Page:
The S&P 500 and Nasdaq Composite rose on Tuesday to notch their longest winning streaks in nearly two years and build on November’s rally.
The S&P added 0.28 per cent to close at 4,378.38, while the Nasdaq jumped 0.9 per cent to end at 13,639.86. The Dow Jones Industrial Average edged up 56.74 points, or 0.17 per cent, to settle at 34,152.60.
The S&P rose for a seventh consecutive day for the first time since its eight-day win streak reached in November 2021, while the Nasdaq posted eight days of wins for the first time since an 11-day streak ended in November 2021. The Dow rose for a seventh straight
session for its longest streak since July.
Datadog popped 28.5 per cent for one of its best days on record after topping quarterly results and offering a strong outlook. Uber rose 3.7 per cent even after third-quarter earnings fell short of expectations.
Technology stocks moved higher as yields pulled back, with the yield on the 10-year Treasury note last trading about 9 basis points lower at 4.577 per cent. Some notable gainers included Amazon and Salesforce, which rose more than 2 per cent each, while Apple, Microsoft and Meta Platforms gained about 1 per cent. Semiconductor stocks Advanced Micro Devices, Broadcom and Intel rose ahead of the rollout of funding from the Chips Act.
Energy and Materials were the worst performing US sectors.
Elsewhere, Wall Street awaits more commentary from central bank speakers, including Federal Reserve Chair Jerome Powell. Quarterly results from Disney, Wynn Resorts and Occidental Petroleum are due out this week.
With the 2024 U.S. presidential election just a year away and the primary season commencing on Jan. 15, Goldman Sachs' portfolio strategy research team suggests that equity returns tend to be below average in the 12 months leading up to a presidential election, historically showing an average S&P 500 return of only 4 per cent in election years since 1984. Defensive sectors have often performed better during this period, possibly due to the heightened uncertainty associated with presidential election run-ups.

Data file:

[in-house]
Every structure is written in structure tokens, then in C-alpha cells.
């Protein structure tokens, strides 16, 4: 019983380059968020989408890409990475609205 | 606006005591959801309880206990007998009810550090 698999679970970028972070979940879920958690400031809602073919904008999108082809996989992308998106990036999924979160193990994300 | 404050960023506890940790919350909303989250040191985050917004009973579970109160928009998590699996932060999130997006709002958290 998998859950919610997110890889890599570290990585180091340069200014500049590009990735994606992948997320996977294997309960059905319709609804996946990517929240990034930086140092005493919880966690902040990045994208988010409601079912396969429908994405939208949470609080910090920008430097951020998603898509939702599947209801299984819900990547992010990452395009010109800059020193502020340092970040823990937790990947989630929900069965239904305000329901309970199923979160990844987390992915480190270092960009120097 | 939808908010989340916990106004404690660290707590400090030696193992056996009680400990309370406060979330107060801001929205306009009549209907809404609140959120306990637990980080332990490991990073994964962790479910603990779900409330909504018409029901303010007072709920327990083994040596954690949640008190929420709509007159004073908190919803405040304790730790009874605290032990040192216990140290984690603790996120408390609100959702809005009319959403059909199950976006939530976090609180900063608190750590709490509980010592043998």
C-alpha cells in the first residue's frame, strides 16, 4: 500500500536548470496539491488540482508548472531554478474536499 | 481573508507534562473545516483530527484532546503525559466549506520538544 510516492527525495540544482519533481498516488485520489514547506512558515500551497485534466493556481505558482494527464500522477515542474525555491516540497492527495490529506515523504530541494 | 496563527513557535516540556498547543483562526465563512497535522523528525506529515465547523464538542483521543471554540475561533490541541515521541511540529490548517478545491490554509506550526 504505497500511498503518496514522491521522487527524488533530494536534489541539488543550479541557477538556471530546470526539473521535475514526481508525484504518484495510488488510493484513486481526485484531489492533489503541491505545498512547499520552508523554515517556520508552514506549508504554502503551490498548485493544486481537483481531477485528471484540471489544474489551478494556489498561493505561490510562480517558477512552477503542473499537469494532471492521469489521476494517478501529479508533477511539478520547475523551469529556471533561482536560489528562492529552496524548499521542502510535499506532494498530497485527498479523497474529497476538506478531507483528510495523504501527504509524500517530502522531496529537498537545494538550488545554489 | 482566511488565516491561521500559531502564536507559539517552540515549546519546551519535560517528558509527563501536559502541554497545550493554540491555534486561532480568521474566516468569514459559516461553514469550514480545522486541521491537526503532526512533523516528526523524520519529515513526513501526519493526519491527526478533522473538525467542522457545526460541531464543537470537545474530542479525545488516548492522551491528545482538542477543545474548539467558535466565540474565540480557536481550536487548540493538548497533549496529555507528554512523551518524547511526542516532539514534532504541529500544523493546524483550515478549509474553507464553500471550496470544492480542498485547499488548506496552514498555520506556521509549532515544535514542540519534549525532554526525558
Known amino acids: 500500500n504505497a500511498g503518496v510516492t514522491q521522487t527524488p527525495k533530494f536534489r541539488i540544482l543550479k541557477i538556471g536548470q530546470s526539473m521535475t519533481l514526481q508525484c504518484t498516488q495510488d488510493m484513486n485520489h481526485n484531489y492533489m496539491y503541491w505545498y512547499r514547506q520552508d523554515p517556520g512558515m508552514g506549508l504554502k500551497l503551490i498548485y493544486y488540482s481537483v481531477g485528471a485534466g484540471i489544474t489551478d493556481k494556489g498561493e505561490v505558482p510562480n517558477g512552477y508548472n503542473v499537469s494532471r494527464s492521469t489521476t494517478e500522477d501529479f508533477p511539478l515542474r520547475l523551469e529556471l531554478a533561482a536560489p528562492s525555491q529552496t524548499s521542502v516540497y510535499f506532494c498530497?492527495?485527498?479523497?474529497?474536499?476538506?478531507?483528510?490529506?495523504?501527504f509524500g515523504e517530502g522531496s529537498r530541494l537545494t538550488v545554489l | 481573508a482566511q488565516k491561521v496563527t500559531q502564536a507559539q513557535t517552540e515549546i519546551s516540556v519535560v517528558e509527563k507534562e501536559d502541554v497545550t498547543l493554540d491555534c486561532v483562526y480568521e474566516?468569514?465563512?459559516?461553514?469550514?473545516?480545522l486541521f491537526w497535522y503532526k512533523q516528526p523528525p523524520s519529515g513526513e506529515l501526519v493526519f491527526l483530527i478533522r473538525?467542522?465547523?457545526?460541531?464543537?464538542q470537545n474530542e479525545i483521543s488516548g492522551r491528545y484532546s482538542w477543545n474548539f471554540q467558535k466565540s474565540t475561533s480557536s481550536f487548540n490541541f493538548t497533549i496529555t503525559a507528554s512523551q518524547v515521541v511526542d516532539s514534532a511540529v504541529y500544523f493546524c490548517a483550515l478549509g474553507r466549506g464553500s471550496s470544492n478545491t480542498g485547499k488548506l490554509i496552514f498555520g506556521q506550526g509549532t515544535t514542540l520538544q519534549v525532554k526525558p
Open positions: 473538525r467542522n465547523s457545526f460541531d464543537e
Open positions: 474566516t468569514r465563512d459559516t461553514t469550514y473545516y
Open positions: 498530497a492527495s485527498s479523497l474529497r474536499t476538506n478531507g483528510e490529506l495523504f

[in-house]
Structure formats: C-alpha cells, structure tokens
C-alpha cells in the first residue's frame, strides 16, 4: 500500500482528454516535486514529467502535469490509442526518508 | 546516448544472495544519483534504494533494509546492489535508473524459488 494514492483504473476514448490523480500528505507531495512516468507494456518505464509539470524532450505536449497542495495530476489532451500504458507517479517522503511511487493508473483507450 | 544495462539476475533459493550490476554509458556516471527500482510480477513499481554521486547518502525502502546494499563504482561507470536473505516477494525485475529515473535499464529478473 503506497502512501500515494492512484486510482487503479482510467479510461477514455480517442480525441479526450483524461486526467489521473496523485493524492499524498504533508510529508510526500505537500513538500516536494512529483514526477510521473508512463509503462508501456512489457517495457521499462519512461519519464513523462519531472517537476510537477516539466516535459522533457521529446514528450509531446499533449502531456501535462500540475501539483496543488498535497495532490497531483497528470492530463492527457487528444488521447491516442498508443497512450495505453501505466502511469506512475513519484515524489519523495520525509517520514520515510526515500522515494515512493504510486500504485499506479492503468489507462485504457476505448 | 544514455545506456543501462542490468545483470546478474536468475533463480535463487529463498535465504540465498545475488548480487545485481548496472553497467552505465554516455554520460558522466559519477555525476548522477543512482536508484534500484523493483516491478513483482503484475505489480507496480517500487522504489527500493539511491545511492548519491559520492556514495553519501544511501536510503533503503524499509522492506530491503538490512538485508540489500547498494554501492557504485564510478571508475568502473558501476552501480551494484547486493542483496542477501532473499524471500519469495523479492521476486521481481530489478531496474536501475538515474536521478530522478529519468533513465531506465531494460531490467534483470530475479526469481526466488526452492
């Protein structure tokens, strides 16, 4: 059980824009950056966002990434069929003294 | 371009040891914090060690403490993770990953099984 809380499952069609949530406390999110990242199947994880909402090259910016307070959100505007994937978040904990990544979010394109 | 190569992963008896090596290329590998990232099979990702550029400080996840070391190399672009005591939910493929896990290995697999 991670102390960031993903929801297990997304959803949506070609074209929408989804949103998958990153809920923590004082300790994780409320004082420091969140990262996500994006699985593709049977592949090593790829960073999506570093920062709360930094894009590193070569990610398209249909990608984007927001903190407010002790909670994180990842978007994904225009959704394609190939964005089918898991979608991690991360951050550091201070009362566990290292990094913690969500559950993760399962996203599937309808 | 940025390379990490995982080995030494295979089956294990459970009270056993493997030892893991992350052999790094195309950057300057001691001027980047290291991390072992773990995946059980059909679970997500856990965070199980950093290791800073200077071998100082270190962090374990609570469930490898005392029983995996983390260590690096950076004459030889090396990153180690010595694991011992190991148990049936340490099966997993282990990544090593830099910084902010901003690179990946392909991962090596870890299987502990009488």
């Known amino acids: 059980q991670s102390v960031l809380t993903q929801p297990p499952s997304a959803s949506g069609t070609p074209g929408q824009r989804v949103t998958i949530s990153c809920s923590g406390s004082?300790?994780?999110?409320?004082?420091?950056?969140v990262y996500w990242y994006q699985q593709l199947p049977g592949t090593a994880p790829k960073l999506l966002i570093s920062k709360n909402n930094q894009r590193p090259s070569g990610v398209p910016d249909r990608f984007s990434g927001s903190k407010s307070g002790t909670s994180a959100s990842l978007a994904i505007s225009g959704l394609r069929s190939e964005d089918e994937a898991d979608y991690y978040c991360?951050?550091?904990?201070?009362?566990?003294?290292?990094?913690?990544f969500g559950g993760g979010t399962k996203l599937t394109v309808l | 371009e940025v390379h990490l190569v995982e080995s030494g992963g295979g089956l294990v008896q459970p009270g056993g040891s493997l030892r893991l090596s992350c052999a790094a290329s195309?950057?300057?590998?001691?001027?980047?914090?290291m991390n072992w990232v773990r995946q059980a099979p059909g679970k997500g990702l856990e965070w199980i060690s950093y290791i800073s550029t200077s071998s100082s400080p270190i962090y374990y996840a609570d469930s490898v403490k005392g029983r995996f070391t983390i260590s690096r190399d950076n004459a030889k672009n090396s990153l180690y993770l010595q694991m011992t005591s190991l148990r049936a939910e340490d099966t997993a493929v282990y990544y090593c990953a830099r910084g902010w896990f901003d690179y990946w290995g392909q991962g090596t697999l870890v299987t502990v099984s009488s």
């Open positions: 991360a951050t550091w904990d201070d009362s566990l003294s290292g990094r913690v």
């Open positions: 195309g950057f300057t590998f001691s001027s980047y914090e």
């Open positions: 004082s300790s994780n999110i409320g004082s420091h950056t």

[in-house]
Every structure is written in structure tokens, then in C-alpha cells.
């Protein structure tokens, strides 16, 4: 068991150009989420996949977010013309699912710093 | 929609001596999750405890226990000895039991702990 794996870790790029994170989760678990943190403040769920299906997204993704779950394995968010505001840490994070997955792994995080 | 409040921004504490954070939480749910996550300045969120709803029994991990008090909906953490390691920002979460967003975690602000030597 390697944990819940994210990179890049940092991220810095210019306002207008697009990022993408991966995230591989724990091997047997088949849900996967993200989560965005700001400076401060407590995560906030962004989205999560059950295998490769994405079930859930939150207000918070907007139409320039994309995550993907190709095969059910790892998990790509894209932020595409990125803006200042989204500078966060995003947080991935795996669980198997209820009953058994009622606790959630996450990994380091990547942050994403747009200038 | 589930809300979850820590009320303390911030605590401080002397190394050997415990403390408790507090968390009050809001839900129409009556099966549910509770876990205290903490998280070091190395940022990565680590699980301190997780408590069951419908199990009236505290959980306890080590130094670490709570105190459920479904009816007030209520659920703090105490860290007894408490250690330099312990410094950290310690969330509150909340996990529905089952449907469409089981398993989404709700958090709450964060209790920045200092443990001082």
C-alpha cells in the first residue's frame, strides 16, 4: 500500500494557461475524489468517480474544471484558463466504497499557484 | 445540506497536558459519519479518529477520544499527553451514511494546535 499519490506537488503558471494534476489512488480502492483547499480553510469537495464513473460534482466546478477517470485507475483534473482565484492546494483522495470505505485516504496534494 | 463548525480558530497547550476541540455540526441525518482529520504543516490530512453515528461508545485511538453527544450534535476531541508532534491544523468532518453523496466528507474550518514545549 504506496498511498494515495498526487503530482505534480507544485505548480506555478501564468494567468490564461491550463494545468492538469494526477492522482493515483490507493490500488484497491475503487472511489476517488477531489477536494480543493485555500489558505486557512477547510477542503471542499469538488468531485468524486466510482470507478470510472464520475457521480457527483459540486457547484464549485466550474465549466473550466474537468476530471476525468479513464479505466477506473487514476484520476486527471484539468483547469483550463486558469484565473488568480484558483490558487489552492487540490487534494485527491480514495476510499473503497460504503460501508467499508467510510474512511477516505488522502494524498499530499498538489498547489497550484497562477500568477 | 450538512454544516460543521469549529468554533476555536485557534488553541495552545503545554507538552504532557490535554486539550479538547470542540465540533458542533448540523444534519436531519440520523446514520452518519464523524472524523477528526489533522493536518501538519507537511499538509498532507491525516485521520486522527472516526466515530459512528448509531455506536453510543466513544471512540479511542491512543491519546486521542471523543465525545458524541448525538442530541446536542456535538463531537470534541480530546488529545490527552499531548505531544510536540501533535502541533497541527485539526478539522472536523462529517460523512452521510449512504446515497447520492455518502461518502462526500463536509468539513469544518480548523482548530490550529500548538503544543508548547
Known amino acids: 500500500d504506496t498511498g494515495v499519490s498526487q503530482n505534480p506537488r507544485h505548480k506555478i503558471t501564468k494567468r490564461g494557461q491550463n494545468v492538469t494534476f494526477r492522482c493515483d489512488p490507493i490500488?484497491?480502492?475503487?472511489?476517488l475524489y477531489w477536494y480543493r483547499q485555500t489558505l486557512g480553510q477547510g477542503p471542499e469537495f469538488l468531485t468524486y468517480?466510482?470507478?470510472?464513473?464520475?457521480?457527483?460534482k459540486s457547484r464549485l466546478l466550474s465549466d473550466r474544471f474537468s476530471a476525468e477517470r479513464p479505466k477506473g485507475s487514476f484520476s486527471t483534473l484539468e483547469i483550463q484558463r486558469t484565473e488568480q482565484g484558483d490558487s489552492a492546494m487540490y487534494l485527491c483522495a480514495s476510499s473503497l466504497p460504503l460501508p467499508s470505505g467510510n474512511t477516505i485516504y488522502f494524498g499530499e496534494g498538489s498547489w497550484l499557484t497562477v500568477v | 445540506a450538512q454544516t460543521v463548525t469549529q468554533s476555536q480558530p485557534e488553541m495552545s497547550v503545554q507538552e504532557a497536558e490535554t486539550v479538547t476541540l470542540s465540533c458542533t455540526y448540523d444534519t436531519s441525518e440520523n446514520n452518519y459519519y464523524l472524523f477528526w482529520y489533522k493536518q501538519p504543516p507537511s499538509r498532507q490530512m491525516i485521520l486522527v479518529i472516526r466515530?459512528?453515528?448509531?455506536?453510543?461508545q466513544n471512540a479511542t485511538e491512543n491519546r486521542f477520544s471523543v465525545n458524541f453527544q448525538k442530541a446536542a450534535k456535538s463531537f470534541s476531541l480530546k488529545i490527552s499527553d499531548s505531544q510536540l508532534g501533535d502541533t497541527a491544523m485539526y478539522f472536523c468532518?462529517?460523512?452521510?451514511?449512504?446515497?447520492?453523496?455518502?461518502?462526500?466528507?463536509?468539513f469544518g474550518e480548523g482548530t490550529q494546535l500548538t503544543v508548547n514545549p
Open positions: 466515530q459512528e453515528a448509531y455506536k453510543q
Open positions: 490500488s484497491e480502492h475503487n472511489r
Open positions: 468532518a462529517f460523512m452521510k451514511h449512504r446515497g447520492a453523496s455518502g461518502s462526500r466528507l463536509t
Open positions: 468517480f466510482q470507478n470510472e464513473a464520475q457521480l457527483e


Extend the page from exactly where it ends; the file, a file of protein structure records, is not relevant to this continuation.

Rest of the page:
In commodity-related news, US crude prices have dropped nearly 4 per cent to their lowest level since July due to weak economic data, despite concerns of the Israel-Hamas conflict potentially escalating into a broader regional conflict. West Texas Intermediate declined by $3.09 (3.82 per cent) to $77.73 per barrel, while Brent crude decreased by $3.19 (3.75 per cent) to $81.99 per barrel, both reaching their lowest prices since July. Futures
The SPI futures are pointing to a flat startCurrency
One Australian dollar at 8:40 AM was buying 64.37 US cents.Commodities
Gold lost 0.66 per cent. Silver dropped 2.32 per cent. Copper fell 0.87 per cent. Oil dropped 4.12 per cent.Figures around the globe
European markets closed mixed. London’s FTSE fell 0.1 per cent, Frankfurt added 0.11 per cent, and Paris closed 0.39 per cent lower.
Turning to Asian markets, Tokyo’s Nikkei dropped 1.34 per cent, Hong Kong’s Hang Seng fell 1.65 per cent while China’s Shanghai Composite closed 0.04 per cent lower.
The Australian share market closed 0.29 per cent lower at 6,977.Ex-dividends
ResMed Inc (ASX:RMD)
is paying 5.352 cents unfrankedDividends payable
Elanor Commercial Property Fund (ASX:ECF)Sources: Bloomberg, FactSet, IRESS, TradingView, UBS, Bourse Data, Trading Economics, CoinMarketCap. Disclaimer
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